Leo has a soft landing but is Mary Lou a game-changer?
Voters have become more bored than wary of FF, and are confused about what the party stands for, writes Jody Corcoran
On the North Strand, in Dublin's north inner city last Friday morning, a woman gets on the bus. She is, maybe, 50. She stands beside a friend already on board. By the by, she says she does "not know herself these days". Why, her friend wonders. Her husband has found work, she says, erecting scaffolding on Pearse Street.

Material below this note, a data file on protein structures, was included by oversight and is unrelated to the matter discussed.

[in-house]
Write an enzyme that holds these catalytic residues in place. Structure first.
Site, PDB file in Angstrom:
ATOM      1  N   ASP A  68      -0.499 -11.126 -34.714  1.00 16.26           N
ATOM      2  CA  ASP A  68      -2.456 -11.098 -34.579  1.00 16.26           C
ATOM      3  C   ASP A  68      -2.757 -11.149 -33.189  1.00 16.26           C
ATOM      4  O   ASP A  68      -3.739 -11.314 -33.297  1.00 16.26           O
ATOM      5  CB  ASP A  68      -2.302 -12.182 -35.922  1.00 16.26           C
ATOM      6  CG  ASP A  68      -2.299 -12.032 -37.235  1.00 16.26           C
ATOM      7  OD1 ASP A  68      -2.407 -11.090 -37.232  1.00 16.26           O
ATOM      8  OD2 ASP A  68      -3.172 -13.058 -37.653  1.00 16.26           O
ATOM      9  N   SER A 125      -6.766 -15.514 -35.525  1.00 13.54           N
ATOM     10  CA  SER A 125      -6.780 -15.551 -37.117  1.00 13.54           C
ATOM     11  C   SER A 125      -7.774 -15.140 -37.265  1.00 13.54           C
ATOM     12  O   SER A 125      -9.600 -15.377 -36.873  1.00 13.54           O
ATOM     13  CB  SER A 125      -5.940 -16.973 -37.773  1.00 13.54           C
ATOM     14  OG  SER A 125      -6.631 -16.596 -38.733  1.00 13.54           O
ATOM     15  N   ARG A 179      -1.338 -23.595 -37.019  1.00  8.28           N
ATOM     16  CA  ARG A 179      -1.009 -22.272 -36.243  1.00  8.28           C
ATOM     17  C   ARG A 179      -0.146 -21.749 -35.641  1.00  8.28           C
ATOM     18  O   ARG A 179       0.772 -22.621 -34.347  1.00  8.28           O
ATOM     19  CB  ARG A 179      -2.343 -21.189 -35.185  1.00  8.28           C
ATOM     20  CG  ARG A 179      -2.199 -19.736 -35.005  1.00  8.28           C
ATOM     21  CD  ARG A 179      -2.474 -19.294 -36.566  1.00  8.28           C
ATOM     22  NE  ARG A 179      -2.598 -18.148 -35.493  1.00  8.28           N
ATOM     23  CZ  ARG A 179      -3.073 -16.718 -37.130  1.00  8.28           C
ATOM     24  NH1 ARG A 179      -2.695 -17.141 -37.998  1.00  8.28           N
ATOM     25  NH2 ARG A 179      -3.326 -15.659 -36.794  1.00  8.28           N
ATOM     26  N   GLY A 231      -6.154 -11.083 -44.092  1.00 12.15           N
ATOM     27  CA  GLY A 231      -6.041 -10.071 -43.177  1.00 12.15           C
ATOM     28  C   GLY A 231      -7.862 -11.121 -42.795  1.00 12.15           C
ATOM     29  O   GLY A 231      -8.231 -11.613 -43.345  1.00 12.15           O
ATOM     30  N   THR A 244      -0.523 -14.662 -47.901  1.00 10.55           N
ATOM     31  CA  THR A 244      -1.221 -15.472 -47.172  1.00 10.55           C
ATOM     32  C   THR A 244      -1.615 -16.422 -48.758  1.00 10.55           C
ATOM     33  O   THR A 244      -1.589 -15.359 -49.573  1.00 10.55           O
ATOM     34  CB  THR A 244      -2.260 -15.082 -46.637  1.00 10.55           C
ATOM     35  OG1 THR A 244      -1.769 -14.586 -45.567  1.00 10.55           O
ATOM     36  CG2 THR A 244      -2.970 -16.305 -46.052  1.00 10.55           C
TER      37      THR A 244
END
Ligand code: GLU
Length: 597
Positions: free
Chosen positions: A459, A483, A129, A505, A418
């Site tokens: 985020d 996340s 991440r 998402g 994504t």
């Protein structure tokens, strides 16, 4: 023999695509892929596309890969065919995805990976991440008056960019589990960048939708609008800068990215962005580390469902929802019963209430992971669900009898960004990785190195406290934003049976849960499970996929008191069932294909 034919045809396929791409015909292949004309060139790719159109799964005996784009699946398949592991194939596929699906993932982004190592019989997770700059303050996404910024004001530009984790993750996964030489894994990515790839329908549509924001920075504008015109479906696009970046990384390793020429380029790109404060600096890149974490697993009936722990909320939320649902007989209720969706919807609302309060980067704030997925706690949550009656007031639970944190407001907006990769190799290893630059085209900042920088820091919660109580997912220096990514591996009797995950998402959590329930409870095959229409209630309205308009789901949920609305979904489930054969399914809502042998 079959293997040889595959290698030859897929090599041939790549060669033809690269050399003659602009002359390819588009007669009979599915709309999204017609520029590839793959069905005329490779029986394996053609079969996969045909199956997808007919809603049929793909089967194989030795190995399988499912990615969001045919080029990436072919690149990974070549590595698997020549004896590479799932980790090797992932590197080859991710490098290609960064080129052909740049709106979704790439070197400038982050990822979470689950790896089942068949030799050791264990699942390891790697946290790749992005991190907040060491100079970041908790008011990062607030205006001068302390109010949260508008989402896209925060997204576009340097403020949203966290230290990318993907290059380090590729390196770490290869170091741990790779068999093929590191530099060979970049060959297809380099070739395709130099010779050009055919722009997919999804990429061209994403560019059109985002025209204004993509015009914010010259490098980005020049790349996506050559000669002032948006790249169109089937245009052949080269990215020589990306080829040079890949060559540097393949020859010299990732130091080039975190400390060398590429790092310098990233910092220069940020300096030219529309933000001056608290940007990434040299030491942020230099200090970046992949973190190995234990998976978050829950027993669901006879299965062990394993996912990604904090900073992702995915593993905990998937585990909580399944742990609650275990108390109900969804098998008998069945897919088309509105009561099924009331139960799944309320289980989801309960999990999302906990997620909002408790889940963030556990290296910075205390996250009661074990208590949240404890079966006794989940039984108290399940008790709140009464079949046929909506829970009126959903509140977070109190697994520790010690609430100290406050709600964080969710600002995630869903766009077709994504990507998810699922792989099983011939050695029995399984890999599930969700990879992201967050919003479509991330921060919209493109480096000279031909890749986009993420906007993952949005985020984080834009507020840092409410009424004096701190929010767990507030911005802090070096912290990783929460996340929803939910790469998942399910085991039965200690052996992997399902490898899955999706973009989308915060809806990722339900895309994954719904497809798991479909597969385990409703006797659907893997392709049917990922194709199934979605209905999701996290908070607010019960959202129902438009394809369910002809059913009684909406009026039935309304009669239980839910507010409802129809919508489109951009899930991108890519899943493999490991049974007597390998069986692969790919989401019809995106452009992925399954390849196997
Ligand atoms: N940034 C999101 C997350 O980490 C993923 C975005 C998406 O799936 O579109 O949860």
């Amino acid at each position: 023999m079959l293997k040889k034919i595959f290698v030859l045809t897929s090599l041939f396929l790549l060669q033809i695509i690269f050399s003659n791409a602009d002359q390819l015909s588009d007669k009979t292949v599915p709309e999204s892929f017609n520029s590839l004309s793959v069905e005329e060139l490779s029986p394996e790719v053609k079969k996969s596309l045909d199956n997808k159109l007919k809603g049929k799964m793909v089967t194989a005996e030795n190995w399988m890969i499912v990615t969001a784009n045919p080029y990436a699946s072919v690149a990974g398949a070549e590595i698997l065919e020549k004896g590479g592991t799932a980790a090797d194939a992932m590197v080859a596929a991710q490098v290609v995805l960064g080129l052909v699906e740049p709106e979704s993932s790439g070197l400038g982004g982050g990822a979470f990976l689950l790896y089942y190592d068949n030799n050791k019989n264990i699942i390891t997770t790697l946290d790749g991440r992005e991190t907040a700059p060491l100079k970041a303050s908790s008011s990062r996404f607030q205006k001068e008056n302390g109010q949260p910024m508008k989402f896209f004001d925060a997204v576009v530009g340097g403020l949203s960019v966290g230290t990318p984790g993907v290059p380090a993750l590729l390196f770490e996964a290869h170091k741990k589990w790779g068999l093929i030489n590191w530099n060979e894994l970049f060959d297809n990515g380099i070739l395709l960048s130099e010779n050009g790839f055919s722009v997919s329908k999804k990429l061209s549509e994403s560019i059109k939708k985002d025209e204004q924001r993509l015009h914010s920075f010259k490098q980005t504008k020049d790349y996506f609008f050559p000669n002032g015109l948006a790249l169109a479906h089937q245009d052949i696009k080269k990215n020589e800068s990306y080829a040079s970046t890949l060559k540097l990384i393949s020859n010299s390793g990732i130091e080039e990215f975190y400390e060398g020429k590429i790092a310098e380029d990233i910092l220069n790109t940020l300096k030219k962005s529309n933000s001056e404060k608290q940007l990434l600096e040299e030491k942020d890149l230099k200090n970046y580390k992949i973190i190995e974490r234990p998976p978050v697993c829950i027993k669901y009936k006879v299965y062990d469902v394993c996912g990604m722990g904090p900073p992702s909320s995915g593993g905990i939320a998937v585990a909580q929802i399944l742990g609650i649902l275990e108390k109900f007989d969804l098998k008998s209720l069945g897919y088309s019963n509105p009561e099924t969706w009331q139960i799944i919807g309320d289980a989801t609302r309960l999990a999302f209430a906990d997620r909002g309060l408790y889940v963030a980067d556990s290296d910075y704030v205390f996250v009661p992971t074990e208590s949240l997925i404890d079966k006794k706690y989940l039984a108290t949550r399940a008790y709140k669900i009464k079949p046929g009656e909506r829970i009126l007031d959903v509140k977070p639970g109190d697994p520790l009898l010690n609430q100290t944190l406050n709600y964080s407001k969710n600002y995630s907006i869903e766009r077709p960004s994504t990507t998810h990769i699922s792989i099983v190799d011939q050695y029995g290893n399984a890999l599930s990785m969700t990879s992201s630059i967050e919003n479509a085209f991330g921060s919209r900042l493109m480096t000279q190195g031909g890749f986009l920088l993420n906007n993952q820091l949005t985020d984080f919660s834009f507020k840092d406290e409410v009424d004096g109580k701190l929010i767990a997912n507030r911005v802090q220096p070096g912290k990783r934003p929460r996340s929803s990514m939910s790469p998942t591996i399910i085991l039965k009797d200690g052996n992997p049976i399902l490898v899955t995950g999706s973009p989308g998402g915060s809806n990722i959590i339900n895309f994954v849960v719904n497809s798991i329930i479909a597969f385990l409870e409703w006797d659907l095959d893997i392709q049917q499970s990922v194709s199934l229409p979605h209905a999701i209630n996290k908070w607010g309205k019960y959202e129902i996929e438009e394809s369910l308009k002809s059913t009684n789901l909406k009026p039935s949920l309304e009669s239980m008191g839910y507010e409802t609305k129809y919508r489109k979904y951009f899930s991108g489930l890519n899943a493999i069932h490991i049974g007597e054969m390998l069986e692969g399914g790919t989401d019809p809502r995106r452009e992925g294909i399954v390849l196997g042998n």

Another scenario: in Woodies, Coolock, last week, in the space of half an hour, four people buy flashy looking barbecues, at several hundred euro each. And another: at a travel agent's in Dundrum, an employee says people are back taking one, maybe two, sometimes three holidays a year, including weekend breaks abroad.
This then is the whispered background to the political landscape, neatly encapsulated in feel-good headlines: "Irish households are now officially wealthier than during the boom."